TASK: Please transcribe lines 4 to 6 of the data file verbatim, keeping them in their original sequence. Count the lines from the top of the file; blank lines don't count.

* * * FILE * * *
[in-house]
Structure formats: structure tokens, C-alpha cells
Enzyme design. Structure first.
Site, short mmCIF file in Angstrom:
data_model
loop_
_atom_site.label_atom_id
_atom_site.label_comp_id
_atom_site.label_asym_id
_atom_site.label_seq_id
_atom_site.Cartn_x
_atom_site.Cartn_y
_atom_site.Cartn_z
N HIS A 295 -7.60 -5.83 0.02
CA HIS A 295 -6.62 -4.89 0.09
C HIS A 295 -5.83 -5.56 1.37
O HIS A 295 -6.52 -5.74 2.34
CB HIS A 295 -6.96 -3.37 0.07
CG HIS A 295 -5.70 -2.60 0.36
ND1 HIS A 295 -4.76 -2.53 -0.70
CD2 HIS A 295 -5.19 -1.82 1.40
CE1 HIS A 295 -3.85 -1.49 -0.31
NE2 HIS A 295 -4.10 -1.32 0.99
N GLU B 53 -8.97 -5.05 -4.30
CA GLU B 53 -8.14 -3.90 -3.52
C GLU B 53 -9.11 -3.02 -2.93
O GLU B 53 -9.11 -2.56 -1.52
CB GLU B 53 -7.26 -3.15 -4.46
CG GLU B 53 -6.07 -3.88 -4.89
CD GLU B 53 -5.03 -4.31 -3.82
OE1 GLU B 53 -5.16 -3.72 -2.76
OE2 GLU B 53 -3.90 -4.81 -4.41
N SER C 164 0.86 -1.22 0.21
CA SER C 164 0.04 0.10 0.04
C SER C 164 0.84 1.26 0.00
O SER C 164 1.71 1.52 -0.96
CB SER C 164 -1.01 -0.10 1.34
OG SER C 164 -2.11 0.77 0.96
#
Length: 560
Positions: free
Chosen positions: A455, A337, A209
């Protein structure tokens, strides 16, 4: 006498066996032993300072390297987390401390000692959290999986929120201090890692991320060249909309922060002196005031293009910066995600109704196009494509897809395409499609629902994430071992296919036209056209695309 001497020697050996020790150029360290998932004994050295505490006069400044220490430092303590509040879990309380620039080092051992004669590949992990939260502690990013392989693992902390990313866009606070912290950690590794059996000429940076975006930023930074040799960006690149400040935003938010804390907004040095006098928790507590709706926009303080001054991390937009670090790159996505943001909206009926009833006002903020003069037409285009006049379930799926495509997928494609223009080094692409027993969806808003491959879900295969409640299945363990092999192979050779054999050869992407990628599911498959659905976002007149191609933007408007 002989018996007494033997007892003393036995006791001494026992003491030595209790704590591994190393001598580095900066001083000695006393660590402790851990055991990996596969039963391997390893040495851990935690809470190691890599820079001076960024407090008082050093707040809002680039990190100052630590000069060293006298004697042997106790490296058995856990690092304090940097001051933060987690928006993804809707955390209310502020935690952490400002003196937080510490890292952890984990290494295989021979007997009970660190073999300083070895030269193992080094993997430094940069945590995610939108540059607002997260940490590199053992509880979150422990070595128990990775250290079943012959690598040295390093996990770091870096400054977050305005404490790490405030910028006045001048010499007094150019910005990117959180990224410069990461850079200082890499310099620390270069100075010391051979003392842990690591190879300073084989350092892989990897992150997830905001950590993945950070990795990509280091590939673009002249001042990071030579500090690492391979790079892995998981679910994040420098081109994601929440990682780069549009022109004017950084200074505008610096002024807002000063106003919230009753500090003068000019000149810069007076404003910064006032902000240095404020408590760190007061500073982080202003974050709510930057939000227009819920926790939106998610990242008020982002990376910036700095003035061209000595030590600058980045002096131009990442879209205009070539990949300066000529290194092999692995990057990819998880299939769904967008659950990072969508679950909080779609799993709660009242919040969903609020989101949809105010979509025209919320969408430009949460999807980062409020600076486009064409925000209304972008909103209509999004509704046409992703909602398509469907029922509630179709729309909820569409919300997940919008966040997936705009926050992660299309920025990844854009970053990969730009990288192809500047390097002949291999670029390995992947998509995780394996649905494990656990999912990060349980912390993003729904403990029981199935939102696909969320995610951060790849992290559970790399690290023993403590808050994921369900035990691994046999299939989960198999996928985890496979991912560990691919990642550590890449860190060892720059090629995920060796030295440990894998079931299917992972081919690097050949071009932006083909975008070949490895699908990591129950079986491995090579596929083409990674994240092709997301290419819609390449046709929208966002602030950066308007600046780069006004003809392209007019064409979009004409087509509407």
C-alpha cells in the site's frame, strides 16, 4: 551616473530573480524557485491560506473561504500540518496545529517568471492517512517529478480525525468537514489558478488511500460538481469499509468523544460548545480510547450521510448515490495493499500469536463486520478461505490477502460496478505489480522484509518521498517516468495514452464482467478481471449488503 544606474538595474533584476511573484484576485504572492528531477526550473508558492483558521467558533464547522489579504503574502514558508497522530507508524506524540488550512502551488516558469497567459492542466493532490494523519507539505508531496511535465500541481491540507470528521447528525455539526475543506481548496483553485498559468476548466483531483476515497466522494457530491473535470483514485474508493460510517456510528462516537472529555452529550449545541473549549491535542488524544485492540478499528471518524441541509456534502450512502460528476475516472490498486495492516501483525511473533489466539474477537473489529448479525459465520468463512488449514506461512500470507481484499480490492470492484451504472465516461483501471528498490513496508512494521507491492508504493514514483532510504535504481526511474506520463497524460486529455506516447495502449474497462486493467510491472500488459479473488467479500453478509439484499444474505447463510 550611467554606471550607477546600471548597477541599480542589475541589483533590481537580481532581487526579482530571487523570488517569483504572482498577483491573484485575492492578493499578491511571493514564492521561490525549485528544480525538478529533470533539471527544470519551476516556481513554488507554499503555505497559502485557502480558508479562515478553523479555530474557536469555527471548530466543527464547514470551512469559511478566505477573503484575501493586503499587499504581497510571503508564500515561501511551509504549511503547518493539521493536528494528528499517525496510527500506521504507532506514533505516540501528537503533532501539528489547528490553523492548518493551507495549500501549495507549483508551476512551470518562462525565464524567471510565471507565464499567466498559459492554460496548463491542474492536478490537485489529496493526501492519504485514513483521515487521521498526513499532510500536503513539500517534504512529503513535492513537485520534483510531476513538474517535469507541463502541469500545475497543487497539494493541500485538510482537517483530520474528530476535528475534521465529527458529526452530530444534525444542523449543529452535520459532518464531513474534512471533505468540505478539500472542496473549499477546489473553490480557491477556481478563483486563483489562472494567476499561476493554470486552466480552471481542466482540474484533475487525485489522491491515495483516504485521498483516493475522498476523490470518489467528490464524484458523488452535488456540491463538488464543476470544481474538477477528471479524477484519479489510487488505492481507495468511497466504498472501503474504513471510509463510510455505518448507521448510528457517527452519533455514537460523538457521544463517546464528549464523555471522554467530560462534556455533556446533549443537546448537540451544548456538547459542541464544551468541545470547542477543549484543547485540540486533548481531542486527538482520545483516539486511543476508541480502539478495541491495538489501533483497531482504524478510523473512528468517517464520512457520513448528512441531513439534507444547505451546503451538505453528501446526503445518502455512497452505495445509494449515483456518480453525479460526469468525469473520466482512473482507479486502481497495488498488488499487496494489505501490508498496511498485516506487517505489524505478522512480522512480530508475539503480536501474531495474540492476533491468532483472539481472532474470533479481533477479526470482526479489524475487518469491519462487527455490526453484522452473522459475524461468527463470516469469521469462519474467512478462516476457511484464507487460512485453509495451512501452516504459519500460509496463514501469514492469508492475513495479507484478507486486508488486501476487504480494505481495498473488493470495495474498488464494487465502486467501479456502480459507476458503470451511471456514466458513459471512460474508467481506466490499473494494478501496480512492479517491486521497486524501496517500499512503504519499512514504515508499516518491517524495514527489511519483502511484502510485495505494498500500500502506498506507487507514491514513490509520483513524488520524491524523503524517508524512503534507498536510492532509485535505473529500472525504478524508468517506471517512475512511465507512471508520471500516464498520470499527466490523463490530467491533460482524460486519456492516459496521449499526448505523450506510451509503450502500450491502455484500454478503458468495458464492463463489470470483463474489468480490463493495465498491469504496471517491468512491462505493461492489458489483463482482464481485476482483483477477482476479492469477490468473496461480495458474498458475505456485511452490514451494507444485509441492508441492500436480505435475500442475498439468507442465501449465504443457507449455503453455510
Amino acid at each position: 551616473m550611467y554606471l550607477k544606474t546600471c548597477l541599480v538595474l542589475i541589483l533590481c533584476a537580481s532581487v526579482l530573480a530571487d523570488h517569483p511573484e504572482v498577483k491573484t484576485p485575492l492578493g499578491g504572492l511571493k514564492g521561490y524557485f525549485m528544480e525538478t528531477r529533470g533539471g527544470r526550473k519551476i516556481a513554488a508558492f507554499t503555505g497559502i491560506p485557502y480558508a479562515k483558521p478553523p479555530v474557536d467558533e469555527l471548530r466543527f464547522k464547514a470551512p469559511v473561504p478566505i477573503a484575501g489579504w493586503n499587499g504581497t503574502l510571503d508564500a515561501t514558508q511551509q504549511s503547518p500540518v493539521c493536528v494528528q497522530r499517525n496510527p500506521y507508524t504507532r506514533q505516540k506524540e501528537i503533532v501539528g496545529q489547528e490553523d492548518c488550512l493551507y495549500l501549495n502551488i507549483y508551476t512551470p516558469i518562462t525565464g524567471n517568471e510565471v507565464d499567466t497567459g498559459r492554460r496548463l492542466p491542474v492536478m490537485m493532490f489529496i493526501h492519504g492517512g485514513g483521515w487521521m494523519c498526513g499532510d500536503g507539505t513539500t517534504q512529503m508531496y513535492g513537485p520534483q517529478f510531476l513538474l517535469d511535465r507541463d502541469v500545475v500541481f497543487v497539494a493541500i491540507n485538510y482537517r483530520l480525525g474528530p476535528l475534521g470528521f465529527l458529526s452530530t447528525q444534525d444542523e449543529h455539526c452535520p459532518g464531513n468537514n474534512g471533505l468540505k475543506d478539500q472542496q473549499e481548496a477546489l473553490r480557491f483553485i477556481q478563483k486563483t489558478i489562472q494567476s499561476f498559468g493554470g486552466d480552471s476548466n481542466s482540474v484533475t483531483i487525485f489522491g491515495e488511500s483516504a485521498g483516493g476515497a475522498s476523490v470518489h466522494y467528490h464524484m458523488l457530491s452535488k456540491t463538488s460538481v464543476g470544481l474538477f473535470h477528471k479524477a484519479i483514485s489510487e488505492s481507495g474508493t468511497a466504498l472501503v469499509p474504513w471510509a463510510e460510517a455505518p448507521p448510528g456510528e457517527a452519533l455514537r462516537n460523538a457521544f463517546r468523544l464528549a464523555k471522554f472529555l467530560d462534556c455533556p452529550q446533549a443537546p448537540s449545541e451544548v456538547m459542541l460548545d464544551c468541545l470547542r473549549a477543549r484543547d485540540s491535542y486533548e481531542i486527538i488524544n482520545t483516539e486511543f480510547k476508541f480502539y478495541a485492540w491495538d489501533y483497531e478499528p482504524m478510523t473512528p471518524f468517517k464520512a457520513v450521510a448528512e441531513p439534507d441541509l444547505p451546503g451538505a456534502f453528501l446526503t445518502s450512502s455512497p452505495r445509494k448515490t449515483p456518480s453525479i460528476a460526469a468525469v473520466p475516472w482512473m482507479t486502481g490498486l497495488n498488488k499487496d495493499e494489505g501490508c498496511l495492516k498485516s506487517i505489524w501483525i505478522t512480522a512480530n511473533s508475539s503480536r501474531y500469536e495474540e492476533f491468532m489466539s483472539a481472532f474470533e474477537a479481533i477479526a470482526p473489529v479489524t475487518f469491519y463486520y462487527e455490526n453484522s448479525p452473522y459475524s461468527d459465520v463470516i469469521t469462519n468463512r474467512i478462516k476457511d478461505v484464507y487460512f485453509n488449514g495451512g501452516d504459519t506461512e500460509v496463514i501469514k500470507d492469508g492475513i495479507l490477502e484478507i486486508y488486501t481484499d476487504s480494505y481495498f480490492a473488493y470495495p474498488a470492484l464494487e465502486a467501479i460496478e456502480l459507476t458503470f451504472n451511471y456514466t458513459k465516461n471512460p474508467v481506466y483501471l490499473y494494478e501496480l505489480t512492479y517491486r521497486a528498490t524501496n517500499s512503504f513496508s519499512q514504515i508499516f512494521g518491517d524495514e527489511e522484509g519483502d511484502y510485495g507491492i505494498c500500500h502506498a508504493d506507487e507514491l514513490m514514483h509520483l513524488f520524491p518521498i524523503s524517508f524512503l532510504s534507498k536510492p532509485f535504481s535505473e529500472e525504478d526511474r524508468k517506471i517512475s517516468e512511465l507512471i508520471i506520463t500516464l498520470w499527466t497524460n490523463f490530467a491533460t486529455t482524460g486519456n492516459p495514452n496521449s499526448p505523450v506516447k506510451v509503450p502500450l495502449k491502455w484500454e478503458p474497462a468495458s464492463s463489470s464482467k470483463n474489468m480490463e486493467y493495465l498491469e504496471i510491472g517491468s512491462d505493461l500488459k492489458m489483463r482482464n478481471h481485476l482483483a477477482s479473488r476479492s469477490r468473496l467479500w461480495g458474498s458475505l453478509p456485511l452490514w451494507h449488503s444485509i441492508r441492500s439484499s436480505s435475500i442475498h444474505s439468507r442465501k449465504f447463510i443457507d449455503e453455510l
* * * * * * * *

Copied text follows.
Site, short mmCIF file in Angstrom:
data_model
loop_